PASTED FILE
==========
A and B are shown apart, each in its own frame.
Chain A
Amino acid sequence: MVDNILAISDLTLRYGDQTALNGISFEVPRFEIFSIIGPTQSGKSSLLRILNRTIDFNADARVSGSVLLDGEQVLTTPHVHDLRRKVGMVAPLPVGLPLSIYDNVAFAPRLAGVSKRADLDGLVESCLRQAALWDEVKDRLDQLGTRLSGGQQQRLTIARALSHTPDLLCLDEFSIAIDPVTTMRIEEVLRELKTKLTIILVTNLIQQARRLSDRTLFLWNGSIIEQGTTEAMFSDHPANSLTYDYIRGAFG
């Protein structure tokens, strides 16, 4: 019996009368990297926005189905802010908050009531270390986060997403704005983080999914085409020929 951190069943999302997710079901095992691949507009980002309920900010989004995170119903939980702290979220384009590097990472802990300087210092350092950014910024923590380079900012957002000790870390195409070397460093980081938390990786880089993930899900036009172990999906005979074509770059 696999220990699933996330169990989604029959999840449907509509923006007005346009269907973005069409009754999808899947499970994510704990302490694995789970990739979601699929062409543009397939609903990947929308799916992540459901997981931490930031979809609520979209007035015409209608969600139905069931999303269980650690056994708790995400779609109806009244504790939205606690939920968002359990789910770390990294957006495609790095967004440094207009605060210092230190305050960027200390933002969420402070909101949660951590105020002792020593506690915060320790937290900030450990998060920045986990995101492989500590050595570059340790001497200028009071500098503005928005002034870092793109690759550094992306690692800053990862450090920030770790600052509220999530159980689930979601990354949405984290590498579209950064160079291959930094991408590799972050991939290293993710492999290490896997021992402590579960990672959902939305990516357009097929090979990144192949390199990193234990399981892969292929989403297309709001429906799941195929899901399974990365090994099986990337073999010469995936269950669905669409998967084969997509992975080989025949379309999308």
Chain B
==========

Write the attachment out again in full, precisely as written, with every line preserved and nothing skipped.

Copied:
A and B are shown apart, each in its own frame.
Chain A
Amino acid sequence: MVDNILAISDLTLRYGDQTALNGISFEVPRFEIFSIIGPTQSGKSSLLRILNRTIDFNADARVSGSVLLDGEQVLTTPHVHDLRRKVGMVAPLPVGLPLSIYDNVAFAPRLAGVSKRADLDGLVESCLRQAALWDEVKDRLDQLGTRLSGGQQQRLTIARALSHTPDLLCLDEFSIAIDPVTTMRIEEVLRELKTKLTIILVTNLIQQARRLSDRTLFLWNGSIIEQGTTEAMFSDHPANSLTYDYIRGAFG
């Protein structure tokens, strides 16, 4: 019996009368990297926005189905802010908050009531270390986060997403704005983080999914085409020929 951190069943999302997710079901095992691949507009980002309920900010989004995170119903939980702290979220384009590097990472802990300087210092350092950014910024923590380079900012957002000790870390195409070397460093980081938390990786880089993930899900036009172990999906005979074509770059 696999220990699933996330169990989604029959999840449907509509923006007005346009269907973005069409009754999808899947499970994510704990302490694995789970990739979601699929062409543009397939609903990947929308799916992540459901997981931490930031979809609520979209007035015409209608969600139905069931999303269980650690056994708790995400779609109806009244504790939205606690939920968002359990789910770390990294957006495609790095967004440094207009605060210092230190305050960027200390933002969420402070909101949660951590105020002792020593506690915060320790937290900030450990998060920045986990995101492989500590050595570059340790001497200028009071500098503005928005002034870092793109690759550094992306690692800053990862450090920030770790600052509220999530159980689930979601990354949405984290590498579209950064160079291959930094991408590799972050991939290293993710492999290490896997021992402590579960990672959902939305990516357009097929090979990144192949390199990193234990399981892969292929989403297309709001429906799941195929899901399974990365090994099986990337073999010469995936269950669905669409998967084969997509992975080989025949379309999308």
Chain B